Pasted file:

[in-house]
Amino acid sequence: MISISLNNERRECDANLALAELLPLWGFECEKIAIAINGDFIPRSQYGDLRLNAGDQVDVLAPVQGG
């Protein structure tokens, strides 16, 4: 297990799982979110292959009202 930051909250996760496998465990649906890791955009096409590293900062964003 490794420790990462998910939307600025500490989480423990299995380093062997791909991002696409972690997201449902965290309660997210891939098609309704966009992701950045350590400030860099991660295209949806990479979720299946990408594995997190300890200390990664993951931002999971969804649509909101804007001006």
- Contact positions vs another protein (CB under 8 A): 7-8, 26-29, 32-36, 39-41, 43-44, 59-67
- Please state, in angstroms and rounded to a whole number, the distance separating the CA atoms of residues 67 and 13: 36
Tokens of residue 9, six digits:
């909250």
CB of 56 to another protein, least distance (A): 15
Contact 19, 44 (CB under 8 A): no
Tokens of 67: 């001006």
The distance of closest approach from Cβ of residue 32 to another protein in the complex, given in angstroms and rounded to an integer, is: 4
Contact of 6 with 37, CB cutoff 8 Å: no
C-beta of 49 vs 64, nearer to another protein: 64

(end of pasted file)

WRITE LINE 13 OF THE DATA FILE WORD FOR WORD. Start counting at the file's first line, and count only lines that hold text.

C-beta of 49 vs 64, nearer to another protein: 64